At Sepracor, which focuses on the treatment of respiratory and central nervous system disorders, the split between external and internal med chem work is about 2:1. “Two-thirds of our research and budget goes outside to our global partners, in both biology and chemistry,” said Thomas Large, Ph.D., senior vp drug discovery at Sepracor. The company works with both academic and CRO partners, with all project leaders being internal staff.
Dr. Large emphasizes the importance of distinguishing between medicinal chemistry and synthetic chemistry. He describes “a big rush toward outsourcing of synthetic chemistry,” with the wave of outsourcing med chem activities progressing more slowly. Sepracor’s principal med chem partner is Scynexis.
“That experience has been overwhelmingly positive,” said Dr. Large. Many of the medicinal chemists in CROs come from the pharmaceutical industry as it scales back on core staff, he added. They bring with them “valuable drug-hunting medicinal-chemistry experience.”
If managed as a truly collaborative, intellectual partnership, “you can get to the point where it is a high functioning, integrated team,” in which the external partner has “a high sense of ownership” of the project.
“You don’t get to that point by chance, especially with medicinal chemistry,” Dr. Large explained. “You have to tell them everything: show them all the biology data, tell them all your ideas, get their feedback, and leverage their skills. If you did it as a transaction, I think by definition they would become synthetic chemists, not medicinal chemists.”
Millennium has entered into five significant collaborations with chemistry CROs—some successful and some not, according to Greenspan. The reasons some partnerships failed were because “the company didn’t provide the level of service we wanted, or we weren’t clear enough in our needs and expectations, or we didn’t understand clearly enough what our own needs were and how they could best be met in a cost-effective way.”
The two most common pitfalls in working with a CRO are unrealistic expectations and poor communication, asserted Greenspan. There is certainly truth to the adage “you get what you pay for” and expectations of quality, reliability, and service should take into account the relative price being paid.
Communication problems may include time delays, language difficulties, and cultural barriers—an example of the latter being a CRO partner’s reluctance to give bad news or to offer a contrary opinion when the company has unrealistic expectations. Good and open channels of communication are critical in medicinal chemistry outsourcing because it is “a day-to-day business,” said Greenspan. “You may be trying and troubleshooting new chemistries and making changes as you go. Direct communication with the chemist doing the work is important.” Work that proceeds along a path doomed to failure wastes valuable time and resources.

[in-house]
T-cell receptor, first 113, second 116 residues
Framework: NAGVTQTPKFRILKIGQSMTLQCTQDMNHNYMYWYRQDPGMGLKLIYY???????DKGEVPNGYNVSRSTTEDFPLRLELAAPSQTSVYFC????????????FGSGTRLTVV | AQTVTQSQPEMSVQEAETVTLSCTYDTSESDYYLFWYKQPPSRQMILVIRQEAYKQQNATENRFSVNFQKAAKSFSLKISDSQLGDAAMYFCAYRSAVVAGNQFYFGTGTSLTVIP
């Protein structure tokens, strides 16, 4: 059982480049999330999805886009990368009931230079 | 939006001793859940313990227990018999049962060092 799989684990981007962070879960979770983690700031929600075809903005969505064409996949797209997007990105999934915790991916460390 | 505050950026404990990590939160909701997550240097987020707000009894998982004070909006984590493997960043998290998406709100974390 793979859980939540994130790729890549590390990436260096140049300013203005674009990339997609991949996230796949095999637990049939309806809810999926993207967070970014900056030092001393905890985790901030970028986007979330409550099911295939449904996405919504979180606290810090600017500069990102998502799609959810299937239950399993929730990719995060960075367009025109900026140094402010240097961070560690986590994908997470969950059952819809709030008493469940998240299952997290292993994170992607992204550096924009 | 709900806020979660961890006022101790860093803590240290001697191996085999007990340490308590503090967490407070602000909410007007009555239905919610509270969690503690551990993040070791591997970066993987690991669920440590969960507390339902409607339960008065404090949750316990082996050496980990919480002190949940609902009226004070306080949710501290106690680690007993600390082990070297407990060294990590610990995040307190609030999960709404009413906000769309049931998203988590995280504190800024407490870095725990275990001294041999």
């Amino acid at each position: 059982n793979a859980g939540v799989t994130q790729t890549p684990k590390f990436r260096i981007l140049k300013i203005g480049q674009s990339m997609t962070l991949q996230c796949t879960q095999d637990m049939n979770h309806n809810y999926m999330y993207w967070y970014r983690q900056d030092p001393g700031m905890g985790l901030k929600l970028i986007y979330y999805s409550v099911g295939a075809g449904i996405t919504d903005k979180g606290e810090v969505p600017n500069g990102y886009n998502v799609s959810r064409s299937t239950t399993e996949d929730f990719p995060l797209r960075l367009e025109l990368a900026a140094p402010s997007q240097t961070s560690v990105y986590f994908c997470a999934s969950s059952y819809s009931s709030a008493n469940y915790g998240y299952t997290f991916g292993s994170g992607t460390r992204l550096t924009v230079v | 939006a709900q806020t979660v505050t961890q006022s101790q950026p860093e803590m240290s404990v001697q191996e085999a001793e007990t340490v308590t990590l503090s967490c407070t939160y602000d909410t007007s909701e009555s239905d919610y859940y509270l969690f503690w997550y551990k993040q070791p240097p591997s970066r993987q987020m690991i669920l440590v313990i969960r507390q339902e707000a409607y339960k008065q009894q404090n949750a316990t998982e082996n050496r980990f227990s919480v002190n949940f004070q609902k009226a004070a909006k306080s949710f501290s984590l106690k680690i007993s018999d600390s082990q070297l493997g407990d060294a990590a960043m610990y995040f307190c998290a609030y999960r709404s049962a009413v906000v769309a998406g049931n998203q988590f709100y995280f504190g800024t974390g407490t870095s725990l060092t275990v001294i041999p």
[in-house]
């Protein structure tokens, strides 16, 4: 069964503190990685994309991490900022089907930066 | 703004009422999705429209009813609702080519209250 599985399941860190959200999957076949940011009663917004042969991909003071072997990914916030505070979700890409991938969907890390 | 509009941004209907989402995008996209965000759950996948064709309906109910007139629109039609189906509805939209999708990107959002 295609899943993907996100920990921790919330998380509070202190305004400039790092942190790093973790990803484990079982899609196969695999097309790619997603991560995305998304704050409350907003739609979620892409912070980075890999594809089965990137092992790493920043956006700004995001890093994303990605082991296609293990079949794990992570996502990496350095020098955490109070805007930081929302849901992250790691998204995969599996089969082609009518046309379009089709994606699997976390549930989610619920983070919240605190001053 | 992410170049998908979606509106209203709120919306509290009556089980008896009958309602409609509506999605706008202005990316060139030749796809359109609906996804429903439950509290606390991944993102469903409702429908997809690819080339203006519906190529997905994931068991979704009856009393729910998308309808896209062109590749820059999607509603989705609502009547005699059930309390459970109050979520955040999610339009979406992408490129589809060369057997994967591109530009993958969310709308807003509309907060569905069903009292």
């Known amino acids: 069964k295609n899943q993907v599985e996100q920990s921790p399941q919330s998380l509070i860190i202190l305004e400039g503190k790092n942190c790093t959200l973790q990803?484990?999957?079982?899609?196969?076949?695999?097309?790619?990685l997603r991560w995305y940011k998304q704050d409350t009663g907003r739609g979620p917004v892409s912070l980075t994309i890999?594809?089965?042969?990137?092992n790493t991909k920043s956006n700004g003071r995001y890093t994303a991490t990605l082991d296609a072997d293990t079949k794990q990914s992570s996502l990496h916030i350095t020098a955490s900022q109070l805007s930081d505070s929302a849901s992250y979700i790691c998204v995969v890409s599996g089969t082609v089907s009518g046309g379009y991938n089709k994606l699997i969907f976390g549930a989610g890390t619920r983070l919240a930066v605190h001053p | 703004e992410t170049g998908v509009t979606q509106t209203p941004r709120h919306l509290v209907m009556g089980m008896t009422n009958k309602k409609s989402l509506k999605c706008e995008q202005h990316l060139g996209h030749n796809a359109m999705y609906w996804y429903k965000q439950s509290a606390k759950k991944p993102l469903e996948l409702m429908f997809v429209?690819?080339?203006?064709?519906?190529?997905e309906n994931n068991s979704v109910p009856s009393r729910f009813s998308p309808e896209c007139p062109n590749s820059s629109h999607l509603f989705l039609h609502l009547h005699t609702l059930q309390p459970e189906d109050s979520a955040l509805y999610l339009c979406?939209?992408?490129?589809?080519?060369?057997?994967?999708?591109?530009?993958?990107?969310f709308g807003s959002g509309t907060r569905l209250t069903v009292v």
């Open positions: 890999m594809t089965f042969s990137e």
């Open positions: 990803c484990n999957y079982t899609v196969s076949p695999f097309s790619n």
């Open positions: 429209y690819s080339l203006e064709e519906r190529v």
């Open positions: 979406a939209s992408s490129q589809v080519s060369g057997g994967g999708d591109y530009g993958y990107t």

“Medicinal chemists like to talk about successful chemistries,” said Zimmermann, but you need your CRO partner “to talk the most and the loudest when things are going badly.”
When assessing a potential CRO partner, Zimmermann recommended evaluating the caliber of scientists the CRO hires—“would you hire these scientists to work as medicinal chemists in your company?” he asked. When Kalexsyn hires a medicinal chemist, it is looking for a synthetic chemist who has experience in multiple sciences.
“They understand pharmacology, ADME, toxicology, and physico-chemical parameters, in addition to their chemistry and molecular modeling skills.” They use all of these to weave together a structure-activity relationship strategy to advance hit-to-lead and lead optimization toward clinical candidates.”
He also recommended determining whether there is a philosophical and communications fit between the two companies. “These are inter-related and one without the other is a failure.”
The third critical factor is cost. Historically, cost was the first consideration, noted Zimmerman, but “pharma learned they have taken some bumps and bruises with that philosophy.” In a tenuous partnership, for example, the need for pharma to maintain on-site oversight throughout a project can become costly and greatly inflate the initial project price estimate.
Zimmermann further advised assessing a CRO’s analytical capabilities. A company “does not want to have to bring a compound back in-house and do a full characterization.” Before selecting a CRO partner he recommends hands-on site visits. “Invest in the relationship” and don’t assume anything, he said.